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Theory and simulation of electronic stopping power for radiation damage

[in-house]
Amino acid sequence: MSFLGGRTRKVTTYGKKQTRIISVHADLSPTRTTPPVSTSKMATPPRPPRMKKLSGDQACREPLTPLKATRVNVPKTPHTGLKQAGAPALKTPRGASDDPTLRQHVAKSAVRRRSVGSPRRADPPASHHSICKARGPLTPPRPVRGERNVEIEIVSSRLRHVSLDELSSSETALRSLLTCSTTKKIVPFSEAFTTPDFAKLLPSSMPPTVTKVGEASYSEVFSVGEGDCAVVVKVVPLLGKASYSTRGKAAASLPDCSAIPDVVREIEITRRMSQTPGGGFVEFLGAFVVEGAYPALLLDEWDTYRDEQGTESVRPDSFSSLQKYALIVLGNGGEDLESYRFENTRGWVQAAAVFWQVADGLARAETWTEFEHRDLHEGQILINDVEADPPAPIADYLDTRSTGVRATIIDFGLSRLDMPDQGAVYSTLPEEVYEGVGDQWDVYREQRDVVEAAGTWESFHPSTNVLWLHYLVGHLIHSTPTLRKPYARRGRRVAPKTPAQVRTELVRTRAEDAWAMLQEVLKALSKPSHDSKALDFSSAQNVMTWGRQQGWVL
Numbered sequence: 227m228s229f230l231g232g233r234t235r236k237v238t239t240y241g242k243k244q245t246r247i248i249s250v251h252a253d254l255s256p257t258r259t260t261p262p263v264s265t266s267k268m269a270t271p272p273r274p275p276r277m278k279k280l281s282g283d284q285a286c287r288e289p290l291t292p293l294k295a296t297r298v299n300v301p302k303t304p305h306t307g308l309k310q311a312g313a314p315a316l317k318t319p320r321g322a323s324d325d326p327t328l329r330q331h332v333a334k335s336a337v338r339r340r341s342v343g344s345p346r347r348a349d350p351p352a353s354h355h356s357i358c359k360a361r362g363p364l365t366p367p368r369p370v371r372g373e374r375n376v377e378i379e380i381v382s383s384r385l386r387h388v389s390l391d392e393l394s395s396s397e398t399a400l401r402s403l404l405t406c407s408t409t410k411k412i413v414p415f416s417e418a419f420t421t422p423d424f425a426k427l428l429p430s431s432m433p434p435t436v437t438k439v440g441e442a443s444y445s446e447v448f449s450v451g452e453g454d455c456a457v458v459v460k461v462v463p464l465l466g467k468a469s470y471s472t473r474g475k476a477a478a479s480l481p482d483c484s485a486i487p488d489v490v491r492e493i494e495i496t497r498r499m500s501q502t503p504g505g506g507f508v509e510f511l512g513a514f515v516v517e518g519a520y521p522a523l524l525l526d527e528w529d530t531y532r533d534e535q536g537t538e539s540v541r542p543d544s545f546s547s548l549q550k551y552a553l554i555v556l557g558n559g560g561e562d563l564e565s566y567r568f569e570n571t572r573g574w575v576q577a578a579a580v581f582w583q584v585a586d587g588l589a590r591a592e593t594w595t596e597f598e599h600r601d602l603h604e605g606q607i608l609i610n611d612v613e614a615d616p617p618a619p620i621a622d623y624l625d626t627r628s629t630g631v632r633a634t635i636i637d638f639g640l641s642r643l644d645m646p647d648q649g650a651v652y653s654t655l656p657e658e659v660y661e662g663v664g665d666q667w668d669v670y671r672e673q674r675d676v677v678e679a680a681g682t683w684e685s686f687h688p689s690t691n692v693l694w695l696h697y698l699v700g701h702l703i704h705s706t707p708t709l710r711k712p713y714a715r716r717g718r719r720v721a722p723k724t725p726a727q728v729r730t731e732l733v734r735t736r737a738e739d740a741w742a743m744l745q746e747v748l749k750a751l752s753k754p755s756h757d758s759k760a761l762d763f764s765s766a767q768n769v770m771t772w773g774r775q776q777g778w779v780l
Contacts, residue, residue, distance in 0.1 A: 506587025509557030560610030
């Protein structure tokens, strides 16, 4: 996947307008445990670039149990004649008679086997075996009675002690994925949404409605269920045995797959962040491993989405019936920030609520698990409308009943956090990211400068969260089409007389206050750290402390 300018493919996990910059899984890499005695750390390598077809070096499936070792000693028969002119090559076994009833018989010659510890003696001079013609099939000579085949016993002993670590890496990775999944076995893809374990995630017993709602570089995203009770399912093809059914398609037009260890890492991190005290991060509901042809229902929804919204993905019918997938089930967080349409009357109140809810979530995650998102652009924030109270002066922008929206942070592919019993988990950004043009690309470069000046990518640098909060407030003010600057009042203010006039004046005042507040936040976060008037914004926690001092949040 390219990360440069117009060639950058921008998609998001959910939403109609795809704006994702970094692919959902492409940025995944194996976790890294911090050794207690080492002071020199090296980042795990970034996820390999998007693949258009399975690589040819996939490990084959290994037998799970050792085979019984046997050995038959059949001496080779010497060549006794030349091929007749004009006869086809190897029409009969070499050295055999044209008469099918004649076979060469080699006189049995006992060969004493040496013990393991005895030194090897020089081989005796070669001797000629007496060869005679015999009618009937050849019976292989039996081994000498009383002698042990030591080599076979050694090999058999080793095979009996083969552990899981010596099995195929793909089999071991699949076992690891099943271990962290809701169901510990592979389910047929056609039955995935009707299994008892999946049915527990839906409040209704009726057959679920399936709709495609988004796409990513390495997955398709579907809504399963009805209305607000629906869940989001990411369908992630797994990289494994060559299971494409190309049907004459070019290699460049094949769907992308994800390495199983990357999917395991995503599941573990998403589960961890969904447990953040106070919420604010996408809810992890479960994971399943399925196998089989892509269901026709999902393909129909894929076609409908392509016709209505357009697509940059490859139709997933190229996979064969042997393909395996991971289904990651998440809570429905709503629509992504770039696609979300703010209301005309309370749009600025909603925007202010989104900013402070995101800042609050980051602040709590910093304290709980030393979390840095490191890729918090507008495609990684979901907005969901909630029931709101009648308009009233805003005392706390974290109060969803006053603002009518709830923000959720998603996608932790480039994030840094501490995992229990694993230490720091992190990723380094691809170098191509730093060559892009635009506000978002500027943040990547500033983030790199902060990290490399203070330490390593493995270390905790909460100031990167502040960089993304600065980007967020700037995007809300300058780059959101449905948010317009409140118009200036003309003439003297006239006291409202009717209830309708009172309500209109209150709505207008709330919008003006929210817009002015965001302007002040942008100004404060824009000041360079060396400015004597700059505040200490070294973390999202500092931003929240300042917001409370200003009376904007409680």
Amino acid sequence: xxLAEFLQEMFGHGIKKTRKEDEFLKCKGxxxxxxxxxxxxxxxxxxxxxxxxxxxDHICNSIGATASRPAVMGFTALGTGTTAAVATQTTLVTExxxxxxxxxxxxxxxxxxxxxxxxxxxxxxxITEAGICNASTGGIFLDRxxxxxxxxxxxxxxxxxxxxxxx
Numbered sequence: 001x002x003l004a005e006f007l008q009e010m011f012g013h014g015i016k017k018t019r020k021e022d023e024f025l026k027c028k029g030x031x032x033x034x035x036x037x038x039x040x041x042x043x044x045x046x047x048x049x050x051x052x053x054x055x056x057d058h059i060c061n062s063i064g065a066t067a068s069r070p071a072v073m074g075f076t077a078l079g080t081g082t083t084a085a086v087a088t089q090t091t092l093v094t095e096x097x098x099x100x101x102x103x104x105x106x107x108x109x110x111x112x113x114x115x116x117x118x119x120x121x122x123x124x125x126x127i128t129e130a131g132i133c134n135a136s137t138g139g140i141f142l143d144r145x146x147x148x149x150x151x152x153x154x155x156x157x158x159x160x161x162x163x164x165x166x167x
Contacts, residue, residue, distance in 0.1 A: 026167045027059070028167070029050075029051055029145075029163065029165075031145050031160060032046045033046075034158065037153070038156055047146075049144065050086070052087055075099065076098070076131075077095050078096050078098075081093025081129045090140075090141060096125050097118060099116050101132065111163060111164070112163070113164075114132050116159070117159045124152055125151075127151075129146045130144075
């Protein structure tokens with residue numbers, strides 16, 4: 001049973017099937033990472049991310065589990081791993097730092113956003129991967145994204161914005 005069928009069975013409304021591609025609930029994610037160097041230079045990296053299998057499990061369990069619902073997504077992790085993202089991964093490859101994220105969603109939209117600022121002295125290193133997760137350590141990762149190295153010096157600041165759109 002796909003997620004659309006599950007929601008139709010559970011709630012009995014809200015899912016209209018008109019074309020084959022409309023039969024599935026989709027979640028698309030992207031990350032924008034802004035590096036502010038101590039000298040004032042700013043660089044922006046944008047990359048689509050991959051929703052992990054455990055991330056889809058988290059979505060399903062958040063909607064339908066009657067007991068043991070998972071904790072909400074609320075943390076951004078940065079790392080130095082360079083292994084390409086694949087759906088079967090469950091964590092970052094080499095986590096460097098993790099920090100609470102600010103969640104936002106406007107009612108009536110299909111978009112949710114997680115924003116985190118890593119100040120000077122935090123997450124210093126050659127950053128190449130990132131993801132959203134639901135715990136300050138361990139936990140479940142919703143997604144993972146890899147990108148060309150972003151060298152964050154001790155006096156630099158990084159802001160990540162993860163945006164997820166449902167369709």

Ion projectiles crossing through matter produce all sorts of damage. Understanding this damage is of great importance in different contexts, from the nuclear (fission, fusion, waste) and aerospace (cosmic rays) industries, to hadron radio-therapy against cancer. The phenomenology is varied depending on the host material and the energy and type of projectile. At high projectile velocities the processes are clearly non-adiabatic, the projectile producing important excitations on the electrons of the host, which implies a substantial theoretical and computational challenge. We will focus on the simulation of such processes using mostly time-dependent (time-evolving) density-functional theory in varied types of matter, with an emphasis in soft and nano matter, and especially, on highly charged projectiles, for which there are large discrepancies between present understanding and experimental data. The project will imply both methodological/theoretical work as well as computer simulations.

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